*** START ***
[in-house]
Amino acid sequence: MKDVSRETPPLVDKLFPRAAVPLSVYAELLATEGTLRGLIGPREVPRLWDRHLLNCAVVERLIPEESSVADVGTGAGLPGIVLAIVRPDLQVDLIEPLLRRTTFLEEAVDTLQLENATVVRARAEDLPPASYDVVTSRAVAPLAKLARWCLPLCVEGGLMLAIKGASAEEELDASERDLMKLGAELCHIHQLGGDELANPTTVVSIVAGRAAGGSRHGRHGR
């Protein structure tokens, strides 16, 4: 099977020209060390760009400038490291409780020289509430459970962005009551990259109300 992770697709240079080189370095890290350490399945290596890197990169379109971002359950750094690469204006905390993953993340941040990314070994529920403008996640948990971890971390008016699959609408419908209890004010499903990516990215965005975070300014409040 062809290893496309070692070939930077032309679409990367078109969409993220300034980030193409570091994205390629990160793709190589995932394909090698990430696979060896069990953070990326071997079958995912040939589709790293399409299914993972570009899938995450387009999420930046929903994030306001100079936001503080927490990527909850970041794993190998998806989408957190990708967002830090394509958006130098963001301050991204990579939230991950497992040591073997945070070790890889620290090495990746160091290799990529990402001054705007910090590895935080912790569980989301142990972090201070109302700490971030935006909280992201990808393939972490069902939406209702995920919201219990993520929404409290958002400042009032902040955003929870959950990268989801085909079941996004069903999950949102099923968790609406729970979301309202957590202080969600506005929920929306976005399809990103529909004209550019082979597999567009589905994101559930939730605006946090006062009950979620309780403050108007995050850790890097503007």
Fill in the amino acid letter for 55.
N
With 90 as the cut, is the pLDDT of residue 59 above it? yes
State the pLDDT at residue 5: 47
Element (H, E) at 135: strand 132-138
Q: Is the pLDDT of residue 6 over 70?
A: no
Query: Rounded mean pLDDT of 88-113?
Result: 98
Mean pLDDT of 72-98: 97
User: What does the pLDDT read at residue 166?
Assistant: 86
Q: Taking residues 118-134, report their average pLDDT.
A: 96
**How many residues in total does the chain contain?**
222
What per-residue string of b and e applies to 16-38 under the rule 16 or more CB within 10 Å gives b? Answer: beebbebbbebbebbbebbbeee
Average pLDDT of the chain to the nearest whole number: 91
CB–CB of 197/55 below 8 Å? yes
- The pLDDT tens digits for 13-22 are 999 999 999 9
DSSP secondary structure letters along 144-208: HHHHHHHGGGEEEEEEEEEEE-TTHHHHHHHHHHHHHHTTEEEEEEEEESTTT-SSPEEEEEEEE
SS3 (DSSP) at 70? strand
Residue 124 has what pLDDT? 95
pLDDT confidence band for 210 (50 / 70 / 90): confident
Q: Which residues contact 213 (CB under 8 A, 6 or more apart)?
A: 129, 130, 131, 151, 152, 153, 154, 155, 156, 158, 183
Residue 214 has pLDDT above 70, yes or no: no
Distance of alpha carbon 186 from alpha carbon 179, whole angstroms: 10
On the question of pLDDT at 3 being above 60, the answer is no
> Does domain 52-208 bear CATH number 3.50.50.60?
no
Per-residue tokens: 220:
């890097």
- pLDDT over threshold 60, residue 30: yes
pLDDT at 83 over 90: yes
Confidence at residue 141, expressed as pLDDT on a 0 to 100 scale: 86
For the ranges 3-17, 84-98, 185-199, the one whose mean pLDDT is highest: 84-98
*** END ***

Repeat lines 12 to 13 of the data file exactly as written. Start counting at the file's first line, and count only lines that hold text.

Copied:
Result: 98
Mean pLDDT of 72-98: 97